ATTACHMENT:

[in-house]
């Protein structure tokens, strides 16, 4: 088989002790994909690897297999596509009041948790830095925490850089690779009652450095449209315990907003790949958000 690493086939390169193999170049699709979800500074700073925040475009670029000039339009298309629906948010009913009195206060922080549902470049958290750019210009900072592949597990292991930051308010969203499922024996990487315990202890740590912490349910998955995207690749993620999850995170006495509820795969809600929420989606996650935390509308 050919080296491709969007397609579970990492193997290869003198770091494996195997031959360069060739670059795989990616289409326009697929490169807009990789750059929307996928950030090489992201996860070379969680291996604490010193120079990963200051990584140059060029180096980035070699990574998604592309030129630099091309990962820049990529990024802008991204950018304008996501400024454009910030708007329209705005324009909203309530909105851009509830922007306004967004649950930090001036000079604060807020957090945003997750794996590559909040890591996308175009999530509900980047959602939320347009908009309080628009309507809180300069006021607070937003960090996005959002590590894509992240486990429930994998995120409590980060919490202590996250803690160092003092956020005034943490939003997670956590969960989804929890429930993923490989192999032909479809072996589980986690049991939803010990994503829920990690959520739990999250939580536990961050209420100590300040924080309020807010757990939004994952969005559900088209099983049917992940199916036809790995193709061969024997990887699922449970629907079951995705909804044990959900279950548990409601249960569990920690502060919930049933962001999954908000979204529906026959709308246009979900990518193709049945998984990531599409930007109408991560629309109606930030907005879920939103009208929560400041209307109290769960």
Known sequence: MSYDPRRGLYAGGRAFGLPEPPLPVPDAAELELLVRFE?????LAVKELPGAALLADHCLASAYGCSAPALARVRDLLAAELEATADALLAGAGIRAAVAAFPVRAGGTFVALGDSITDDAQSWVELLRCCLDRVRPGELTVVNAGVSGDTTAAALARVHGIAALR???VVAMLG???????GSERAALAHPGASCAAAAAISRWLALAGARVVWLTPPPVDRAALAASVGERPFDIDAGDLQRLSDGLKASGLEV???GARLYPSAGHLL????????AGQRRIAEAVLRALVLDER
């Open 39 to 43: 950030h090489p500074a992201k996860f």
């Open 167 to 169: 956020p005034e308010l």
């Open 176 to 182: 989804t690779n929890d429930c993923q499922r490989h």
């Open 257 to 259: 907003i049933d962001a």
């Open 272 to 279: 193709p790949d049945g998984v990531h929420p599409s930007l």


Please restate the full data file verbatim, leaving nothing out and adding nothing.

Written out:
[in-house]
């Protein structure tokens, strides 16, 4: 088989002790994909690897297999596509009041948790830095925490850089690779009652450095449209315990907003790949958000 690493086939390169193999170049699709979800500074700073925040475009670029000039339009298309629906948010009913009195206060922080549902470049958290750019210009900072592949597990292991930051308010969203499922024996990487315990202890740590912490349910998955995207690749993620999850995170006495509820795969809600929420989606996650935390509308 050919080296491709969007397609579970990492193997290869003198770091494996195997031959360069060739670059795989990616289409326009697929490169807009990789750059929307996928950030090489992201996860070379969680291996604490010193120079990963200051990584140059060029180096980035070699990574998604592309030129630099091309990962820049990529990024802008991204950018304008996501400024454009910030708007329209705005324009909203309530909105851009509830922007306004967004649950930090001036000079604060807020957090945003997750794996590559909040890591996308175009999530509900980047959602939320347009908009309080628009309507809180300069006021607070937003960090996005959002590590894509992240486990429930994998995120409590980060919490202590996250803690160092003092956020005034943490939003997670956590969960989804929890429930993923490989192999032909479809072996589980986690049991939803010990994503829920990690959520739990999250939580536990961050209420100590300040924080309020807010757990939004994952969005559900088209099983049917992940199916036809790995193709061969024997990887699922449970629907079951995705909804044990959900279950548990409601249960569990920690502060919930049933962001999954908000979204529906026959709308246009979900990518193709049945998984990531599409930007109408991560629309109606930030907005879920939103009208929560400041209307109290769960």
Known sequence: MSYDPRRGLYAGGRAFGLPEPPLPVPDAAELELLVRFE?????LAVKELPGAALLADHCLASAYGCSAPALARVRDLLAAELEATADALLAGAGIRAAVAAFPVRAGGTFVALGDSITDDAQSWVELLRCCLDRVRPGELTVVNAGVSGDTTAAALARVHGIAALR???VVAMLG???????GSERAALAHPGASCAAAAAISRWLALAGARVVWLTPPPVDRAALAASVGERPFDIDAGDLQRLSDGLKASGLEV???GARLYPSAGHLL????????AGQRRIAEAVLRALVLDER
């Open 39 to 43: 950030h090489p500074a992201k996860f």
């Open 167 to 169: 956020p005034e308010l």
């Open 176 to 182: 989804t690779n929890d429930c993923q499922r490989h």
């Open 257 to 259: 907003i049933d962001a």
């Open 272 to 279: 193709p790949d049945g998984v990531h929420p599409s930007l």